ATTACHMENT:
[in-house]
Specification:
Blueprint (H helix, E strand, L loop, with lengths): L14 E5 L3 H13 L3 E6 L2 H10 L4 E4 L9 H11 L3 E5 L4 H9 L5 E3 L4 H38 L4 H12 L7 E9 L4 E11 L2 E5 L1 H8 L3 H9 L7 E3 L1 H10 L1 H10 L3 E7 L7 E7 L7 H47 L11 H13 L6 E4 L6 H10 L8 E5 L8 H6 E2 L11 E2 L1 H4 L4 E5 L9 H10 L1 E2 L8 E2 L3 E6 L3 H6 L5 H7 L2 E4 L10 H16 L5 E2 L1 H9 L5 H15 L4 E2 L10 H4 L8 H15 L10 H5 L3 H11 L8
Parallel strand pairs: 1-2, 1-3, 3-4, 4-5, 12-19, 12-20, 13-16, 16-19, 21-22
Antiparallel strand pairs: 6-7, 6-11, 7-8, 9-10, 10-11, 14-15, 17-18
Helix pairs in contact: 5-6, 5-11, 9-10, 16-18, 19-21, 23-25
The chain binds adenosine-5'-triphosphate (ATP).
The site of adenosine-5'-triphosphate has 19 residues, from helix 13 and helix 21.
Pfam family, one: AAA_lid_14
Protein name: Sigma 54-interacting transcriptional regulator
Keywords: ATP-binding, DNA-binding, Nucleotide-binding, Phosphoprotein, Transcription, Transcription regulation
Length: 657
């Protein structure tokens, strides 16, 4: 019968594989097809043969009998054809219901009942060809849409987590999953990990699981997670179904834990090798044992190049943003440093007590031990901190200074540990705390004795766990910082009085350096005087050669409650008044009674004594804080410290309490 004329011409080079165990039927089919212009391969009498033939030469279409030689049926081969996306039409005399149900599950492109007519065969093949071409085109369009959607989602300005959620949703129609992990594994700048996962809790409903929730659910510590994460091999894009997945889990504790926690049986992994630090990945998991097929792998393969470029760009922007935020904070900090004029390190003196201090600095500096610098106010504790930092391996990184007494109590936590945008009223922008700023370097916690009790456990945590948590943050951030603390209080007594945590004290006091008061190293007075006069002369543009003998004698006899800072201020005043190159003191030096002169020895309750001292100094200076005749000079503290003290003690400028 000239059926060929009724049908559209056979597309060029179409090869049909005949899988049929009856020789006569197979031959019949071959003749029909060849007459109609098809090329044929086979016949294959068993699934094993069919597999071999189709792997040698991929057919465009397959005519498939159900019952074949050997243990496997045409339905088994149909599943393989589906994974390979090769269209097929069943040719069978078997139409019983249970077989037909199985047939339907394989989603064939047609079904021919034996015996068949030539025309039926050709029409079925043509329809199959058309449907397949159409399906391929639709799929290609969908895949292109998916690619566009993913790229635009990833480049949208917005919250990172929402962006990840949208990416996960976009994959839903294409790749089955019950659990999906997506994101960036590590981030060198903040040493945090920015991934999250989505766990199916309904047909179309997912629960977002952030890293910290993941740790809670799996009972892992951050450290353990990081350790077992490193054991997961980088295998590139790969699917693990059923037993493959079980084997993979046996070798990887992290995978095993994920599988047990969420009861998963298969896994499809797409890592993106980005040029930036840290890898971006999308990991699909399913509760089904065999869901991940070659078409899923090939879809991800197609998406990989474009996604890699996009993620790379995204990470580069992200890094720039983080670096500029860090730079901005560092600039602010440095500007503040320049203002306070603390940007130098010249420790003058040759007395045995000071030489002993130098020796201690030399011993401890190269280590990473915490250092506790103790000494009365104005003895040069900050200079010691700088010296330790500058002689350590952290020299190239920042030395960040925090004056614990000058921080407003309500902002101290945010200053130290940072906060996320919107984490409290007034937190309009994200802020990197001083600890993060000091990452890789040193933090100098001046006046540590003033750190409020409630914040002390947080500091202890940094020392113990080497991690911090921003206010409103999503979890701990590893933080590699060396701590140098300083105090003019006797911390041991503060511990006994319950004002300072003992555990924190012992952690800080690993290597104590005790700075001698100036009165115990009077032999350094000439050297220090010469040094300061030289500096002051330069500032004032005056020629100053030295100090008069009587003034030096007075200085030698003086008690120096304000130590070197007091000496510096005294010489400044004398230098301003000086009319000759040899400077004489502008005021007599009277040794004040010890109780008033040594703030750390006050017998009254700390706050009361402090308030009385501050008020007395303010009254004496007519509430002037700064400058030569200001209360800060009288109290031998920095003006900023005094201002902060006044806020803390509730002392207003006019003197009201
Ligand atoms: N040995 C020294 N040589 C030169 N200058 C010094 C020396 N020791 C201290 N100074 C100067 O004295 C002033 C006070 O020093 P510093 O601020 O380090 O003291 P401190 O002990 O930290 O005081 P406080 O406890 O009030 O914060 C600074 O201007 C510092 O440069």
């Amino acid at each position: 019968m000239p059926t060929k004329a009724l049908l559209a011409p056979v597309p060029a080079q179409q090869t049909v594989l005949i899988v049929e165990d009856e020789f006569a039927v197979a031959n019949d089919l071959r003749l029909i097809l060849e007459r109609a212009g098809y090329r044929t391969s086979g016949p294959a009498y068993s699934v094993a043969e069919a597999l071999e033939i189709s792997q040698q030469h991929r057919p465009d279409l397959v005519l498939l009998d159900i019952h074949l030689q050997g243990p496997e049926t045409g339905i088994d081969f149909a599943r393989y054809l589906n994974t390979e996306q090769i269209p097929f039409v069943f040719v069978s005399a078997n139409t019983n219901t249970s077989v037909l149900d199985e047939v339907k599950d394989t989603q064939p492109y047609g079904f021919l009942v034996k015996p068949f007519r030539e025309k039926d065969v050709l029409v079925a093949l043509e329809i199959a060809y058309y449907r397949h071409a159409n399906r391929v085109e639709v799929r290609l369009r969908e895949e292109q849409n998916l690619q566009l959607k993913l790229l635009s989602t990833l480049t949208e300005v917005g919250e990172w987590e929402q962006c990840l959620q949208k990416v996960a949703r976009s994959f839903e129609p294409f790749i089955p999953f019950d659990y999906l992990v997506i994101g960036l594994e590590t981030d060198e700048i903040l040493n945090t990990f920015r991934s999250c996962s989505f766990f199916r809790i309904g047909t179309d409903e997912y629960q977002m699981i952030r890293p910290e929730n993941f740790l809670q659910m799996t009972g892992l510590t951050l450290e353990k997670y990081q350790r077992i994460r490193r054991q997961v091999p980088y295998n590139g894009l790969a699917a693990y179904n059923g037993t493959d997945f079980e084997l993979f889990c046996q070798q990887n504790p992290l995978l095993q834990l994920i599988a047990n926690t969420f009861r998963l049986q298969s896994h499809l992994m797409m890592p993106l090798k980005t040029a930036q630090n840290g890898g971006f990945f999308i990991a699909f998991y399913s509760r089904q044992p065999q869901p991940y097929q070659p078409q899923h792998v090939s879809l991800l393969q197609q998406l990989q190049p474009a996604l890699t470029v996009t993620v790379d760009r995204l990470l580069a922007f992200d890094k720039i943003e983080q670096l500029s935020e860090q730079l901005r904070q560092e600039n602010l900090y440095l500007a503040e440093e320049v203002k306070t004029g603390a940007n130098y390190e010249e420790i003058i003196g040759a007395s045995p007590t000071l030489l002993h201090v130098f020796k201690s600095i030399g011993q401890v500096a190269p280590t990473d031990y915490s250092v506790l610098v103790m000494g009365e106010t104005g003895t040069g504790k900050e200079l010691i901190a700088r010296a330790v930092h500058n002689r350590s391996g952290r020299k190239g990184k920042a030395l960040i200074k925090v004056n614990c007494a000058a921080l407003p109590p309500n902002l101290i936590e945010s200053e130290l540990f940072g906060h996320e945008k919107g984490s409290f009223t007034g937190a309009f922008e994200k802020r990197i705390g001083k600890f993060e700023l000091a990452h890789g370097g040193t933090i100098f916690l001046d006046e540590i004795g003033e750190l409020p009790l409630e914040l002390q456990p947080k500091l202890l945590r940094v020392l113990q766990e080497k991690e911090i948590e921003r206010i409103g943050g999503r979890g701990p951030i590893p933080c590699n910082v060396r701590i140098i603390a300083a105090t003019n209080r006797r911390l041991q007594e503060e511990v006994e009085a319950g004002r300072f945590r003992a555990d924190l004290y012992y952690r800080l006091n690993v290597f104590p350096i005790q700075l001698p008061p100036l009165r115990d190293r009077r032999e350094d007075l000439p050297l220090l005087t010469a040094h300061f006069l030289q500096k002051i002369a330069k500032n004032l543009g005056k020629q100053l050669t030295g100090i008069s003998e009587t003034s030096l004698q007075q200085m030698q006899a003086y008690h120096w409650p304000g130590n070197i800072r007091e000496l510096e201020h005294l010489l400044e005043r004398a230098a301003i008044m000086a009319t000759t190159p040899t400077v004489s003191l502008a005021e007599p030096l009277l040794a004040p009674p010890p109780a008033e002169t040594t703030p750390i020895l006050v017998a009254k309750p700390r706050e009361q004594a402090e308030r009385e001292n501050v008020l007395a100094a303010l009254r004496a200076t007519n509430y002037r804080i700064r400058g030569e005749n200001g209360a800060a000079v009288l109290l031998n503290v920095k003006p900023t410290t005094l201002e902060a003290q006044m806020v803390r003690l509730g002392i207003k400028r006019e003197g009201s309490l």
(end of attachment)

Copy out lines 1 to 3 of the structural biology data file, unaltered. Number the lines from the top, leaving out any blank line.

[in-house]
Specification:
Blueprint (H helix, E strand, L loop, with lengths): L14 E5 L3 H13 L3 E6 L2 H10 L4 E4 L9 H11 L3 E5 L4 H9 L5 E3 L4 H38 L4 H12 L7 E9 L4 E11 L2 E5 L1 H8 L3 H9 L7 E3 L1 H10 L1 H10 L3 E7 L7 E7 L7 H47 L11 H13 L6 E4 L6 H10 L8 E5 L8 H6 E2 L11 E2 L1 H4 L4 E5 L9 H10 L1 E2 L8 E2 L3 E6 L3 H6 L5 H7 L2 E4 L10 H16 L5 E2 L1 H9 L5 H15 L4 E2 L10 H4 L8 H15 L10 H5 L3 H11 L8